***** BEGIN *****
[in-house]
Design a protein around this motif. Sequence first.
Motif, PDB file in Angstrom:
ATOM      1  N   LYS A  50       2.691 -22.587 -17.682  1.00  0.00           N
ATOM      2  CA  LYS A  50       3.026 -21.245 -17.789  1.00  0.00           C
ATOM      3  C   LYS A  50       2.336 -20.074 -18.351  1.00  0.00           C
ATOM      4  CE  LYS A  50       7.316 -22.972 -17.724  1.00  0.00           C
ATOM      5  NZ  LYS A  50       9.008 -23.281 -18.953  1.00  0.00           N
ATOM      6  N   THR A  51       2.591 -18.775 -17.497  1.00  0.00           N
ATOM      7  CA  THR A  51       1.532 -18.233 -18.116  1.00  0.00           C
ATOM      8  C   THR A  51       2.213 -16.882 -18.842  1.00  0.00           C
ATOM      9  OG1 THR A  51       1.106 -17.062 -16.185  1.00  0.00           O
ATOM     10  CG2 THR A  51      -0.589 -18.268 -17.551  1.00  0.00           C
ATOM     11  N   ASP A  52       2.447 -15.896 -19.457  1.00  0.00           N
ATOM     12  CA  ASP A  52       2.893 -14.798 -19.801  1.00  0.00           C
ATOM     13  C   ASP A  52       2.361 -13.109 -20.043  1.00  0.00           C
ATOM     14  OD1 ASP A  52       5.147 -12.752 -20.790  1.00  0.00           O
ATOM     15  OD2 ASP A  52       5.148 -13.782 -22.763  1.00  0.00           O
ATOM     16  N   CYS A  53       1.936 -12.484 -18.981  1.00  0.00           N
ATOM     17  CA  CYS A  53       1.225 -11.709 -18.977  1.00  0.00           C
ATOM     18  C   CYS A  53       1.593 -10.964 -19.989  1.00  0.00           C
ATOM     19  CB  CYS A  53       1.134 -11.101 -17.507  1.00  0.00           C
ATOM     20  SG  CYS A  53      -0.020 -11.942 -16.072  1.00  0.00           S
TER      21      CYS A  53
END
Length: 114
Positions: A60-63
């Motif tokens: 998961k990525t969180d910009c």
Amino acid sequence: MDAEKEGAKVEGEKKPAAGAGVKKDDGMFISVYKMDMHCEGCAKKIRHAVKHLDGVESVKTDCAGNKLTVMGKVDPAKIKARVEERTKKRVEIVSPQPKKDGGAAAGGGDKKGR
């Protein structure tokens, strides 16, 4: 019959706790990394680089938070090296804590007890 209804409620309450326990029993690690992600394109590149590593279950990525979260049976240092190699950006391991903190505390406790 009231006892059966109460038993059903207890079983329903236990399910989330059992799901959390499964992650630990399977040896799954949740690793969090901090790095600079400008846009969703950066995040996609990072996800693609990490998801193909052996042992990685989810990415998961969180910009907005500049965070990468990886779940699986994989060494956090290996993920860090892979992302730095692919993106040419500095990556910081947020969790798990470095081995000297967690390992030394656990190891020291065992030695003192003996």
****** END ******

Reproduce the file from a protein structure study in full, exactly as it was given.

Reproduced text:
[in-house]
Design a protein around this motif. Sequence first.
Motif, PDB file in Angstrom:
ATOM      1  N   LYS A  50       2.691 -22.587 -17.682  1.00  0.00           N
ATOM      2  CA  LYS A  50       3.026 -21.245 -17.789  1.00  0.00           C
ATOM      3  C   LYS A  50       2.336 -20.074 -18.351  1.00  0.00           C
ATOM      4  CE  LYS A  50       7.316 -22.972 -17.724  1.00  0.00           C
ATOM      5  NZ  LYS A  50       9.008 -23.281 -18.953  1.00  0.00           N
ATOM      6  N   THR A  51       2.591 -18.775 -17.497  1.00  0.00           N
ATOM      7  CA  THR A  51       1.532 -18.233 -18.116  1.00  0.00           C
ATOM      8  C   THR A  51       2.213 -16.882 -18.842  1.00  0.00           C
ATOM      9  OG1 THR A  51       1.106 -17.062 -16.185  1.00  0.00           O
ATOM     10  CG2 THR A  51      -0.589 -18.268 -17.551  1.00  0.00           C
ATOM     11  N   ASP A  52       2.447 -15.896 -19.457  1.00  0.00           N
ATOM     12  CA  ASP A  52       2.893 -14.798 -19.801  1.00  0.00           C
ATOM     13  C   ASP A  52       2.361 -13.109 -20.043  1.00  0.00           C
ATOM     14  OD1 ASP A  52       5.147 -12.752 -20.790  1.00  0.00           O
ATOM     15  OD2 ASP A  52       5.148 -13.782 -22.763  1.00  0.00           O
ATOM     16  N   CYS A  53       1.936 -12.484 -18.981  1.00  0.00           N
ATOM     17  CA  CYS A  53       1.225 -11.709 -18.977  1.00  0.00           C
ATOM     18  C   CYS A  53       1.593 -10.964 -19.989  1.00  0.00           C
ATOM     19  CB  CYS A  53       1.134 -11.101 -17.507  1.00  0.00           C
ATOM     20  SG  CYS A  53      -0.020 -11.942 -16.072  1.00  0.00           S
TER      21      CYS A  53
END
Length: 114
Positions: A60-63
């Motif tokens: 998961k990525t969180d910009c």
Amino acid sequence: MDAEKEGAKVEGEKKPAAGAGVKKDDGMFISVYKMDMHCEGCAKKIRHAVKHLDGVESVKTDCAGNKLTVMGKVDPAKIKARVEERTKKRVEIVSPQPKKDGGAAAGGGDKKGR
């Protein structure tokens, strides 16, 4: 019959706790990394680089938070090296804590007890 209804409620309450326990029993690690992600394109590149590593279950990525979260049976240092190699950006391991903190505390406790 009231006892059966109460038993059903207890079983329903236990399910989330059992799901959390499964992650630990399977040896799954949740690793969090901090790095600079400008846009969703950066995040996609990072996800693609990490998801193909052996042992990685989810990415998961969180910009907005500049965070990468990886779940699986994989060494956090290996993920860090892979992302730095692919993106040419500095990556910081947020969790798990470095081995000297967690390992030394656990190891020291065992030695003192003996």